This and a myriad of other reasons lead me to go home to the SE. We may have hydrilla and mussell problems but you can at least travel a sizeable area without the man inspecting your boat. Florida will be the first in the region to start this foolishness and it won't help matters in the least because it just ain't possible to inspect every boat on I-10, 75 and 95.

Hunt2871
Posts: 22
Joined: 10 Aug 2022, 13:21
Location: Evans Georgia

UPDATE: This could be coming to your state soon

Post by Hunt2871 »

skipper123 wrote: 11 May 2017, 16:01 Just read this post for the first time and see a lot of conflict that looks like it could be resolved with some fish. TexasLoneStar56
said the grass carp would eat the hydrilla grass and I know they do I have them in my pond. They also eat a lot of other evasive weeds to keep a body of water clean. The goberment can post all the signs they want and charge road tax water tax and trailer tax but it want stop the weeds from taking over. The grass carp on the other hand will and we need them in every body of water that has evasive weeds taking over. I never thought I would see the deep clear waters of Clarks Hill lake on the border of SC and GA have hydrilla but noticed just last year that crap blocking off whole coves from the lake. Its getting really bad. If the goberment would spend that tax on grass carp I'm all for it. I guess this would be a good reason to form or join a fishing club to get together and purchase grass carp to put in the body of waters we fish. Making sure it was ok with DNR of course. From what I understand this mess came from South America first showed up in south Florida and keeps moving north. I have watched it migrate over the last twenty years from the lower part of SC to now the piedmont or middle part of the state. I think the grass carp is the only way to get rid of it and keep it under control. The bow fishermen including myself need not be shooting the carp. We have a plenty gar to shoot at they as will as turtles and water turkeys are out of control as well. Anybody kin to Trump, he knows how to get things done and in a hurry.

The hydrilla problem at Clarks Hill is a testament to what to do about that particular invasive species....it had just about taken over the entire lake....and then someone had the bright idea not to drop the lake 20-30 feet in the winter and lo and behold it stopped being a problem. There is almost none of it in 2022....and may be completely gone. I know I can't find it. It has devastated the duck hunting but its for the best over all. Clarkhill is now designated a recreation asset instead of a hydro power and flood control asset and as such the lake does not have to be practically drained every winter. This past spring during the entire crappie/bass/bream spawn the water was anywhere from 1 foot to 6 feet above full pool.....providing PLENTY of new places to spawn and making it really hard to find and catch fish LOL. Its going to be a boom spawn by next March.

There are 2 other invasive species on the hill though which are going to be a problem sooner than later.....blue back herring and spotted bass. The former are thicker than cord wood and the latter have just about eliminated the largemouth population.

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LDUBS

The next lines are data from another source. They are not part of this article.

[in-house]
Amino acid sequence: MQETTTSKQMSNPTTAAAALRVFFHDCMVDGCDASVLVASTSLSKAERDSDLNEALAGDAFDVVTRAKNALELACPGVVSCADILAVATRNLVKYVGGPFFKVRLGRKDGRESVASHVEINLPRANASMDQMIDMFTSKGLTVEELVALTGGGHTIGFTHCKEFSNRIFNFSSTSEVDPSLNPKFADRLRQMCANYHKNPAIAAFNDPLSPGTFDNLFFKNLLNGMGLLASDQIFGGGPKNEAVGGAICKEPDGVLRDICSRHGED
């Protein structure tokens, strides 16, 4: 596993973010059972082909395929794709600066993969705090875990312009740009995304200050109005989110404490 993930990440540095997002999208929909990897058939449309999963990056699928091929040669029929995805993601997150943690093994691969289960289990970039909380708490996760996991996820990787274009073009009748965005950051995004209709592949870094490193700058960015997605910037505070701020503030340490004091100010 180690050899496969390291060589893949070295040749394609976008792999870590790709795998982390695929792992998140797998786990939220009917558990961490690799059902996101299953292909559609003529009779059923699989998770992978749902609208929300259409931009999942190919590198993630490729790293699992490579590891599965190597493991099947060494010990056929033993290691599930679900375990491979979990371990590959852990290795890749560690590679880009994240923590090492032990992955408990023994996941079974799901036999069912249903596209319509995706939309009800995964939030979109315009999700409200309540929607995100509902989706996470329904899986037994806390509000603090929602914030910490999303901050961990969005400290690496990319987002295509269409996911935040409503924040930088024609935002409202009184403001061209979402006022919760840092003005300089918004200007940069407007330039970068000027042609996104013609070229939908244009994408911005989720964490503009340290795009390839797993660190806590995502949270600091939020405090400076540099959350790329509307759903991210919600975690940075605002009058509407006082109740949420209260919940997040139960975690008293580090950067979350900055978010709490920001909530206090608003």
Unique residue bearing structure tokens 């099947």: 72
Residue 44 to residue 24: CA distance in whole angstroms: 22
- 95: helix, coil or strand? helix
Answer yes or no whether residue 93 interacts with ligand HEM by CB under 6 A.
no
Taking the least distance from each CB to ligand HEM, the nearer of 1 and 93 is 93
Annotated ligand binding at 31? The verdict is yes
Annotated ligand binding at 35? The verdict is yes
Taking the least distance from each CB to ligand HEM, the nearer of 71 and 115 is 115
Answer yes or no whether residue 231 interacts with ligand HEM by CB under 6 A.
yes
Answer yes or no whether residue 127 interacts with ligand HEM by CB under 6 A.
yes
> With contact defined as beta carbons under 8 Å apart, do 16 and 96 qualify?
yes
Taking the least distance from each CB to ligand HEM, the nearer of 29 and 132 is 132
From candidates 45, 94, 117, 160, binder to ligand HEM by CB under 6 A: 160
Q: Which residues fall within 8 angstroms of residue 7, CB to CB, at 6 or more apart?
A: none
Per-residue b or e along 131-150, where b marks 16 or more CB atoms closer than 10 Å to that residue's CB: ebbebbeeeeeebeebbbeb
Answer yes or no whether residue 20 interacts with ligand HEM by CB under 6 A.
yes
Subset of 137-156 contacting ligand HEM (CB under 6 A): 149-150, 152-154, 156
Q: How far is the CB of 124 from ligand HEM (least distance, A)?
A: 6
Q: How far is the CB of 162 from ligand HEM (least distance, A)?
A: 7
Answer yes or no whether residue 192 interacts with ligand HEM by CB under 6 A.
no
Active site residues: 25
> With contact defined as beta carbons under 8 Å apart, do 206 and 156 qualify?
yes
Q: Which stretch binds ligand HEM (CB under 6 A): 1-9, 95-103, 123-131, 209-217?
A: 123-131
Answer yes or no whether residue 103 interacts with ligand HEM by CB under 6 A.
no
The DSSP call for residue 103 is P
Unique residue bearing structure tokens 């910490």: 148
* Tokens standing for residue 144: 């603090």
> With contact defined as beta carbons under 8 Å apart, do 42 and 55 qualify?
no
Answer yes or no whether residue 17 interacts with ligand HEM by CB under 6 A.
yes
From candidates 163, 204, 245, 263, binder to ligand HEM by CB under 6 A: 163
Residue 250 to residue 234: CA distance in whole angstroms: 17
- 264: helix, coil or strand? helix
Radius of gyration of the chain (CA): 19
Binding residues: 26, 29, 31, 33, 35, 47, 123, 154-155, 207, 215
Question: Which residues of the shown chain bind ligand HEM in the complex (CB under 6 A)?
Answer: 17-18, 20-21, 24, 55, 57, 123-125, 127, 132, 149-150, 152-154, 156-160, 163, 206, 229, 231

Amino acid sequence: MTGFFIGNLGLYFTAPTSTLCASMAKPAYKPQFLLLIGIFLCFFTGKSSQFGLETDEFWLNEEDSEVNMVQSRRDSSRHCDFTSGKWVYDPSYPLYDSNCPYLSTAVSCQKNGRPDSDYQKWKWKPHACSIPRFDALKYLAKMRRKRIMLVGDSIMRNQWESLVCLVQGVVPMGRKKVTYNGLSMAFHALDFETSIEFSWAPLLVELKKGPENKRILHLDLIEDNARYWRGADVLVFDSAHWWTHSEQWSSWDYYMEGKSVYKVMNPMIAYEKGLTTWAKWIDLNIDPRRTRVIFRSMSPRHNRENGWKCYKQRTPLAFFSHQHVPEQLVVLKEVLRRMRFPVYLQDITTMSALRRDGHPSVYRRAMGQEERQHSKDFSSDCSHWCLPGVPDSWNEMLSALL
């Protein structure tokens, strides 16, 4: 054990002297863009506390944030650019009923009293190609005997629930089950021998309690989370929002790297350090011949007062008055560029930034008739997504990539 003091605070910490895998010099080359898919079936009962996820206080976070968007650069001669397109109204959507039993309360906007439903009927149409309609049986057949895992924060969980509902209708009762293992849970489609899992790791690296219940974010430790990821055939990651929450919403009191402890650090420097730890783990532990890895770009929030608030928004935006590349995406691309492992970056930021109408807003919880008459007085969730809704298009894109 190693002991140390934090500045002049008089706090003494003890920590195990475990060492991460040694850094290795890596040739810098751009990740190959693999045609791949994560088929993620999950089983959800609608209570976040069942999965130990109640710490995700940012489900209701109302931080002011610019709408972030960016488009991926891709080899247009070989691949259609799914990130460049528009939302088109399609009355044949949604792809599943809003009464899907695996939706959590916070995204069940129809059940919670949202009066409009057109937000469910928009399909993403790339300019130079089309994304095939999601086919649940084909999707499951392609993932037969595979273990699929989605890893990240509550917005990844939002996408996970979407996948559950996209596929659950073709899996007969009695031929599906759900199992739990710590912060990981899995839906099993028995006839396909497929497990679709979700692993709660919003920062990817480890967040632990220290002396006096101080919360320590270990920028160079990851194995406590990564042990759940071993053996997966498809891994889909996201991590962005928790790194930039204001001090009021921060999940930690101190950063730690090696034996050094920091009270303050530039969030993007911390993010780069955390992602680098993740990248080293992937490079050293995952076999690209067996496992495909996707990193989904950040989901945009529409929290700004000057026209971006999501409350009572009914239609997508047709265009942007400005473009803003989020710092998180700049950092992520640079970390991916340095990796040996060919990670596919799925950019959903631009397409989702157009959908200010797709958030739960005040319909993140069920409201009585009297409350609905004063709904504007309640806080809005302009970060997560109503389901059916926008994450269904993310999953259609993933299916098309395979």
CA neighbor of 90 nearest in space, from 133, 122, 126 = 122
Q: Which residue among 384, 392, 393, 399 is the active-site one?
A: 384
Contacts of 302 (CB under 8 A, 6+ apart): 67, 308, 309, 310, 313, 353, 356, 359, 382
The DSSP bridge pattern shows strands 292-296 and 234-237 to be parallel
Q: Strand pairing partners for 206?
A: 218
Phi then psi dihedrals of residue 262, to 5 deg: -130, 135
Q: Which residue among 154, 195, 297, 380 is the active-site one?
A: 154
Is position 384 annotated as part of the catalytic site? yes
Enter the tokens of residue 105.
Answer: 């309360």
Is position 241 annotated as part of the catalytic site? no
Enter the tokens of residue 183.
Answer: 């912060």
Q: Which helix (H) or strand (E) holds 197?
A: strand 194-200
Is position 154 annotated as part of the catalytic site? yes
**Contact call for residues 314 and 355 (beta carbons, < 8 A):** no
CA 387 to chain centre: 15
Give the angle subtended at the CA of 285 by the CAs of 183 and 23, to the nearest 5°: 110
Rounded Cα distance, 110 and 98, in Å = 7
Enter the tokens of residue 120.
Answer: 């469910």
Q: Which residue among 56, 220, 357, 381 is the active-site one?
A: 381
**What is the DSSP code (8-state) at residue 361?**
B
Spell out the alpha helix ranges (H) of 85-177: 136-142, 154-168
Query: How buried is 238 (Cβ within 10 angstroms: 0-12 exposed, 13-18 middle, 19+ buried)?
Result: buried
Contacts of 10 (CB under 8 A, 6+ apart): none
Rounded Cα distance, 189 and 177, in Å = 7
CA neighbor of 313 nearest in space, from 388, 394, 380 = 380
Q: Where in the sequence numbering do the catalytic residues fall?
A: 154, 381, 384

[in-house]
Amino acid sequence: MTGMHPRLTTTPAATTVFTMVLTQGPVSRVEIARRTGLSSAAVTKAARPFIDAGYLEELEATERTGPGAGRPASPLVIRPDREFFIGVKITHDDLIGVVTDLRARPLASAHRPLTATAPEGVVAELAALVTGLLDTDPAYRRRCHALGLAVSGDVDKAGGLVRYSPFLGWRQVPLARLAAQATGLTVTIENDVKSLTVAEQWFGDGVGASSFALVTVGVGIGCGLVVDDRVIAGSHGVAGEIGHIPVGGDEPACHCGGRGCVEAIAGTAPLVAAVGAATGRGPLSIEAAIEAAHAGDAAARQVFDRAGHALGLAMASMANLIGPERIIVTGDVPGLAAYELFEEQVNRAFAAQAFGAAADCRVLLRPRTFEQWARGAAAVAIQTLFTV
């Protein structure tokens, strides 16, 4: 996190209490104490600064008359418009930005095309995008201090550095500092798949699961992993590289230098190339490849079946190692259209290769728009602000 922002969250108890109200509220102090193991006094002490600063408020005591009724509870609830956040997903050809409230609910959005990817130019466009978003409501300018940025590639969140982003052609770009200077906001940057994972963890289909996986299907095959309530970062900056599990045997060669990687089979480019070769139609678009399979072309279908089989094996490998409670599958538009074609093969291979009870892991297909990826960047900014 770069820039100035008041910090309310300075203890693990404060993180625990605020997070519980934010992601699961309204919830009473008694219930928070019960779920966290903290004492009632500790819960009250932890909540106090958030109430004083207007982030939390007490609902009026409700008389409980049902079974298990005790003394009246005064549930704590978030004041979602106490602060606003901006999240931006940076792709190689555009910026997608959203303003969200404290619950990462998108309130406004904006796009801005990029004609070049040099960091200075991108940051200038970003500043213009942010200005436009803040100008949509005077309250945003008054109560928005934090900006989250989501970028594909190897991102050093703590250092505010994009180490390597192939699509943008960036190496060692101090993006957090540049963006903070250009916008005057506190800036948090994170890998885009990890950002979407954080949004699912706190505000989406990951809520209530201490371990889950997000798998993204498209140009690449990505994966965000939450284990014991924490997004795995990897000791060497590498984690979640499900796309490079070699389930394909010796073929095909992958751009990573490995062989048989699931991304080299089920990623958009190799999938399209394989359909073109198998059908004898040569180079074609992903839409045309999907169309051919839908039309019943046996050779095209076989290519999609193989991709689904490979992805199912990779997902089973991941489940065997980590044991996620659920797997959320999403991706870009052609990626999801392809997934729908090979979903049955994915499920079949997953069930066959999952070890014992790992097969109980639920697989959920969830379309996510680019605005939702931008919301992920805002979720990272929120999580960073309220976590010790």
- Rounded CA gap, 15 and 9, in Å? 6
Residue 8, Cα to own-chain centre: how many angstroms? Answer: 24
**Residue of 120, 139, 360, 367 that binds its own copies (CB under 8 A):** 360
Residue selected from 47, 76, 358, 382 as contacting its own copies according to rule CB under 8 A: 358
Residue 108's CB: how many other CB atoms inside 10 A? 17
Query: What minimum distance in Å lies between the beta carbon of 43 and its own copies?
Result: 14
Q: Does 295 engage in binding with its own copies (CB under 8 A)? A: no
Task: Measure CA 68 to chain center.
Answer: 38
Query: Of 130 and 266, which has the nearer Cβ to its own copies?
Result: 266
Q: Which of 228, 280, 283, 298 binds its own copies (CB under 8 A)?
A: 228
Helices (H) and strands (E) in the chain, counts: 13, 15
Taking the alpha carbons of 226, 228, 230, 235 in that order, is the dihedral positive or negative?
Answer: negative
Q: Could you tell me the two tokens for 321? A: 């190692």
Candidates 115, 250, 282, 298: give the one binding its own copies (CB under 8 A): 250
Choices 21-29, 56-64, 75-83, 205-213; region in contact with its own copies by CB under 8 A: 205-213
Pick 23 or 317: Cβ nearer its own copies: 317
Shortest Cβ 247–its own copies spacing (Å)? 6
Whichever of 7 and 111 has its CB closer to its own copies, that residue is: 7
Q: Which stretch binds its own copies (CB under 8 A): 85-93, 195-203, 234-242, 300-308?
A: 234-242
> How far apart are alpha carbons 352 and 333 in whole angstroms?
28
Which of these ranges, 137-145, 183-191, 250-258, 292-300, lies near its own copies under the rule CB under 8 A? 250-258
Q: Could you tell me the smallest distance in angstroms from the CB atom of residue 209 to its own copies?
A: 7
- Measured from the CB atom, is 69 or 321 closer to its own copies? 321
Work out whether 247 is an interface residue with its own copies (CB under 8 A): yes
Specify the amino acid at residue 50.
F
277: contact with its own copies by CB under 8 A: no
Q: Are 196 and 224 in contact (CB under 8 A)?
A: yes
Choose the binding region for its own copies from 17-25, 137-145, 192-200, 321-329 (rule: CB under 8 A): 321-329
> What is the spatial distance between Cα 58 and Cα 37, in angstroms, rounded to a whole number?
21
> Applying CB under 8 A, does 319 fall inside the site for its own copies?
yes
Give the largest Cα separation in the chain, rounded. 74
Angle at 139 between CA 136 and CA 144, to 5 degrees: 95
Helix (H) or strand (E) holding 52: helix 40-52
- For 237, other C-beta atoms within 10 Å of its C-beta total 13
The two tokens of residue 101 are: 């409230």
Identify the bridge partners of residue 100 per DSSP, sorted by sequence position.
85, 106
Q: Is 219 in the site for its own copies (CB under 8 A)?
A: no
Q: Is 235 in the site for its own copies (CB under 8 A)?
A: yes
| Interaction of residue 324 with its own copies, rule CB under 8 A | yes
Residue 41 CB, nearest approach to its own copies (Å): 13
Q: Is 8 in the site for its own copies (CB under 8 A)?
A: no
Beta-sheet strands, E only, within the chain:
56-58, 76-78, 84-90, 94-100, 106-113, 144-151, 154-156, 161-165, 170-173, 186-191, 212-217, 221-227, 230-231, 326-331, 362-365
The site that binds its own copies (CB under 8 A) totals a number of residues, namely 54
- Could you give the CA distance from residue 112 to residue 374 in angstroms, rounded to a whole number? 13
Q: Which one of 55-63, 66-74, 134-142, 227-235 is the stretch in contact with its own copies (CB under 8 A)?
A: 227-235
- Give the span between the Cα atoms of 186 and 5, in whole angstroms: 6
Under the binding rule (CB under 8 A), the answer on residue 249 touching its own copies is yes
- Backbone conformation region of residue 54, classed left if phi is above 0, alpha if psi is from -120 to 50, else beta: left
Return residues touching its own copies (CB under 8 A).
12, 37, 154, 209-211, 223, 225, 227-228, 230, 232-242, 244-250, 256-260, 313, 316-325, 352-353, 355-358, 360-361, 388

Posts: 4163
Joined: 14 Aug 2016, 22:25
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Location: Clayton California

UPDATE: This could be coming to your state soon

Post by LDUBS »

Hunt2871 wrote: 10 Aug 2022, 15:27 The Pacific Northwest is dead serious about this. At least the three coastal states as well as Idaho, Utah, Montana and Wyoming. I trailered my boat from New Mexico to Washington about 4 years ago and crossed into Wyoming from Colorado and was stopped at the state line. They asked where the boat had been last and where it was headed and did a quick examination of it and gave me a piece of paper saying it had passed inspection. Didn't cost anything. There was another boat already stopped when I stopped and they were pressure washing the hull, free of charge. I then crossed into Utah and the same thing happened and then again in Oregon and Washington. Happened every time I went from Washington to Oregon and Idaho and back again and also from Idaho to Montana and Wyoming. I have a buddy who lives on the border between Idaho and Wyoming and he is retired and fishes about 180 days a year out of a sizeable jet boat with a cabin on it and LOADS of live wells and lockers which could hold water....it takes them a LONG time to inspect that boat but they do it most days....all the while him giving them what for for wasting his time LOL. I have had this happen on Christmas morning at 3 AM entering Oregon from Washington....as far as I know they are there 24-7, 365. Not a big deal but it can take a minute if its a holiday or a nice day in the summer. Usually not too bad for fisherman and duck hunters at the early morning hours but still a little aggravating.

This and a myriad of other reasons lead me to go home to the SE. We may have hydrilla and mussell problems but you can at least travel a sizeable area without the man inspecting your boat. Florida will be the first in the region to start this foolishness and it won't help matters in the least because it just ain't possible to inspect every boat on I-10, 75 and 95.

Sadly, my experience over the last couple years is that the mussel inspections have pretty much turned into a rubber stamp. Guys ask for the CF number and complete the form without even looking at the boat. I hope we don't get this infestation in our lakes.
Have Rod - Will Fish